The model produces the local stresses and strains in all the moving parts, as well as the sound pressure distribution inside and outside the enclosure at all frequencies solved for. As an example of how you can visualize the deformations, Figure 3 includes them as a deformed surface plot.

    One way of looking at the sound distribution is as in Figure 5, which displays the pressure at 1052 Hz as an isosurface plot. An alternative option is shown in Figure 6, where the sound pressure level in dB is plotted on a slice near the symmetry plane. In Figure 7 and Figure 8, the same plot types illustrate the solution at the highest frequency, 3500 Hz. At this frequency, there is a complex standing wave pattern inside the enclosure.

    FeBLV0

    Zb--------------- v BL

    2

    Zb---------------

    =D S P E A K E R D R I V E R I N A V E N T E D E N C L O S U R E

  • Solved with COMSOL Multiphysics 4.4Figure 5: Isosurface plot of the sound pressure at 1052 Hz.

    Figure 6: Slice plot of the sound pressure level at 1052 Hz. 5 | L O U D S P E A K E R D R I V E R I N A V E N T E D E N C L O S U R E

  • Solved with COMSOL Multiphysics 4.4

    6 | L O UFigure 7: Isosurface plot of the sound pressure at 3500 Hz.

    Figure 8: Slice plot of the sound pressure level at 3500 Hz.D S P E A K E R D R I V E R I N A V E N T E D E N C L O S U R E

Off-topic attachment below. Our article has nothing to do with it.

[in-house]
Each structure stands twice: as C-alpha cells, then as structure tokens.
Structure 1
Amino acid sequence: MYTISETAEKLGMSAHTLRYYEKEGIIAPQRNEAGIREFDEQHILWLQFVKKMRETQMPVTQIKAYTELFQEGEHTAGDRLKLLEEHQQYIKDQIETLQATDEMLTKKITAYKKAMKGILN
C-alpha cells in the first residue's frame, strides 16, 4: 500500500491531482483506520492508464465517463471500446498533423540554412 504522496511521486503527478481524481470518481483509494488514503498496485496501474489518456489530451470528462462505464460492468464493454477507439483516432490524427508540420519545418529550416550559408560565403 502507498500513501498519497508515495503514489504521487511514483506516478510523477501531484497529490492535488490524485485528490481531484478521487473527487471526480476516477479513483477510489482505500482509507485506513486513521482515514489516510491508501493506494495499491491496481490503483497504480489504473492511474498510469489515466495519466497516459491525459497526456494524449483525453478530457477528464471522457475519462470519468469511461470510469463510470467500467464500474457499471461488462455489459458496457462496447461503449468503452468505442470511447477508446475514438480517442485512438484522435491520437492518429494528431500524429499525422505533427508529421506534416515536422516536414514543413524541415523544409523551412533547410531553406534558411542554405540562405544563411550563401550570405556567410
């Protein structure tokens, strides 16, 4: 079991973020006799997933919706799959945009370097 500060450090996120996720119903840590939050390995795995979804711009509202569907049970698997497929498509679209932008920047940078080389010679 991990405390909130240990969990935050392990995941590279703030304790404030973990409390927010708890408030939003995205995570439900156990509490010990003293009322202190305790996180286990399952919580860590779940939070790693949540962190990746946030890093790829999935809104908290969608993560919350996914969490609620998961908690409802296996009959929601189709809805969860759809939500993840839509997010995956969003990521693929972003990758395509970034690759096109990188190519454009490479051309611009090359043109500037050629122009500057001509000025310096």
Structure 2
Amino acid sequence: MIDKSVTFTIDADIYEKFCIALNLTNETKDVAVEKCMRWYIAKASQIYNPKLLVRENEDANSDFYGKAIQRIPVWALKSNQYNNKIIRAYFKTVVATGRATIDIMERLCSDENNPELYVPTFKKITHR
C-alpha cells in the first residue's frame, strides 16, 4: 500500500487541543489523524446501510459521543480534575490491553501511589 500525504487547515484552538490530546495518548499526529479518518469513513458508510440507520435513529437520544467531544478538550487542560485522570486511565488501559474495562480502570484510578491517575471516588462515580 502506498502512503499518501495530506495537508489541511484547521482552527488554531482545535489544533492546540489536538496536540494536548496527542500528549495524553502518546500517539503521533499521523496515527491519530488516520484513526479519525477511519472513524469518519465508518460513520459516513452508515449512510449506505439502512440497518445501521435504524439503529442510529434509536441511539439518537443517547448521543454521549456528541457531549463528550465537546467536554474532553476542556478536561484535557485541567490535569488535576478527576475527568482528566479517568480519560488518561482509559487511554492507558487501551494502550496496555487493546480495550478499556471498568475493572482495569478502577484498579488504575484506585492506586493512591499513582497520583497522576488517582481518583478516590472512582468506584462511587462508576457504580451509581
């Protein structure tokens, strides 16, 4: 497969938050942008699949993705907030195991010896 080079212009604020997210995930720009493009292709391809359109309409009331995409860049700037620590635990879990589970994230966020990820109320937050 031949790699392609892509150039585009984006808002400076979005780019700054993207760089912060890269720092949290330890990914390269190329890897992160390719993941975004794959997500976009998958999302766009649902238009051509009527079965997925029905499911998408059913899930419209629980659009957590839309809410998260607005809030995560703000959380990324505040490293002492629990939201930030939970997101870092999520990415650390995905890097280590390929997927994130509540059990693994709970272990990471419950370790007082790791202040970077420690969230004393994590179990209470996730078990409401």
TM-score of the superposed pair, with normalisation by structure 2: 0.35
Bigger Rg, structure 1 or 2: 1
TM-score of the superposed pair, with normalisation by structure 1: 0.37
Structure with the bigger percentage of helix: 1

• Solved with COMSOL Multiphysics 4.4Thanks to COMSOLs full integral far-field evaluation, you can evaluate the pressure not only inside the computational domain, but also anywhere outside the domain. This allows you to, for instance, plot the sound pressure level at a given distance versus the elevation angle, or evaluate the directivity. The step-by-step instructions for this model show you how to plot the sensitivity (Figure 9).

    Figure 9: Loudspeaker sensitivity measured as the on-axis sound pressure level (dB) at a distance of 1 m from the unit. The pressure is evaluated using an RMS input signal of 2.83 V, corresponding to a power of 1 W at 8 . Note the logarithmic scale for the frequency.

    Compared to the sensitivity of the baffled driver alone (Figure 8 in the Loudspeaker Driver model), adding the enclosure clearly results in a boost for the lower frequencies, roughly in the range between 30 Hz and 100 Hz. As in the Loudspeaker Driver, the dip at around 700 Hz is due to a Helmholtz resonance in the cavity beneath the voice coil. This resonance would be less pronounced if the model were to account for the thermoviscous losses in the thin air gap between the magnet and the pole piece.